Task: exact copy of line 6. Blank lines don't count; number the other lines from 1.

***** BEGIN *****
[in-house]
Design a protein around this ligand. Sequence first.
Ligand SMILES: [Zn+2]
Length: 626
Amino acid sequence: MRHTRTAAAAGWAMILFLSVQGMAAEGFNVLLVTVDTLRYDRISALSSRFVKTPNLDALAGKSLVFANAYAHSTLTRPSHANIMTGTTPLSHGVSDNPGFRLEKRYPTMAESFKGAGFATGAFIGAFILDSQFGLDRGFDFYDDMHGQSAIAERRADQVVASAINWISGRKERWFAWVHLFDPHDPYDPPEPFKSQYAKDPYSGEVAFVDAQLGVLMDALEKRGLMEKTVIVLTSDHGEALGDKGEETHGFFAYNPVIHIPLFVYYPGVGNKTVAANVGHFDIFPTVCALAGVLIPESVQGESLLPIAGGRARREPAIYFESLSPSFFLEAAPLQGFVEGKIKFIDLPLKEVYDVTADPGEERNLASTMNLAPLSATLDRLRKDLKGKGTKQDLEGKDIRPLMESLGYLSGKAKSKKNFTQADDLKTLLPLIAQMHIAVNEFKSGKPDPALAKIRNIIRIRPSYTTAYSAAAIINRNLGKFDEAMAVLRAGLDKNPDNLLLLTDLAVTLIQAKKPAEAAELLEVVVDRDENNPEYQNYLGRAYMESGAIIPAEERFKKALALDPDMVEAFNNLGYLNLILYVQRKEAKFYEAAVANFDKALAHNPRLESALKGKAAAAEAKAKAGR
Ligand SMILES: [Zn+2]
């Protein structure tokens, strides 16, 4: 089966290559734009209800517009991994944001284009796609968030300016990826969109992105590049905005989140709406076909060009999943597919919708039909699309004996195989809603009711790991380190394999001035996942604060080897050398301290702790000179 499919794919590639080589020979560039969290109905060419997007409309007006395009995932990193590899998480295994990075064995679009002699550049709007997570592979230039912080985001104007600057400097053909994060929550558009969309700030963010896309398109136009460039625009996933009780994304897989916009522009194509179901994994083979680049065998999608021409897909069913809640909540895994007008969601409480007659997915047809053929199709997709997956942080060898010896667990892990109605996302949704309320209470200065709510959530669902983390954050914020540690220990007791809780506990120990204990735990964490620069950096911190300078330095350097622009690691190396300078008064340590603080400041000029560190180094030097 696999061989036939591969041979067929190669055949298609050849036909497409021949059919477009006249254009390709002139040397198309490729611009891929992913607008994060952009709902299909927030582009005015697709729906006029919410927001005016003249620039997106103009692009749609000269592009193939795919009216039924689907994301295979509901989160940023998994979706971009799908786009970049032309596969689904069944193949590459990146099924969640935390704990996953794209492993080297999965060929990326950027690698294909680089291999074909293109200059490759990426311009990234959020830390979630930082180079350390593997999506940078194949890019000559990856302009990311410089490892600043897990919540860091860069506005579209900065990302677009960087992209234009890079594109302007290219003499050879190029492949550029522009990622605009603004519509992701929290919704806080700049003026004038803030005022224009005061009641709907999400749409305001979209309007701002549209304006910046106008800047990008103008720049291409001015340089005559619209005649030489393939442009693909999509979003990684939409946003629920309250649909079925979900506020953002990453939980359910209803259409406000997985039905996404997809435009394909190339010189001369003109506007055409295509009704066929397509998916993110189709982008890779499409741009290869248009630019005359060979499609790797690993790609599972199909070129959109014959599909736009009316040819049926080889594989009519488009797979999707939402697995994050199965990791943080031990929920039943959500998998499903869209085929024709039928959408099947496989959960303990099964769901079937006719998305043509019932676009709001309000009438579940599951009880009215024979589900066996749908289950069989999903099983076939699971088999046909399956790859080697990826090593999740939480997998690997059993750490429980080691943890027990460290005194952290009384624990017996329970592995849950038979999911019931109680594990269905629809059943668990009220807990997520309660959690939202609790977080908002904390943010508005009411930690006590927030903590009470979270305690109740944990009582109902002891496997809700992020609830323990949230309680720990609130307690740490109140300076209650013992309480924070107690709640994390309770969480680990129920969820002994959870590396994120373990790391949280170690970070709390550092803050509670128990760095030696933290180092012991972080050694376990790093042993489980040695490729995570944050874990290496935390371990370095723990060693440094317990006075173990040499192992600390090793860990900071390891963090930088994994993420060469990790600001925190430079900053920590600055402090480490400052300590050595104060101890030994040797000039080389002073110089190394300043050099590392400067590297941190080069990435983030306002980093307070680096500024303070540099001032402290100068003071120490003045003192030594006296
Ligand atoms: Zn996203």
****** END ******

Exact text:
Ligand SMILES: [Zn+2]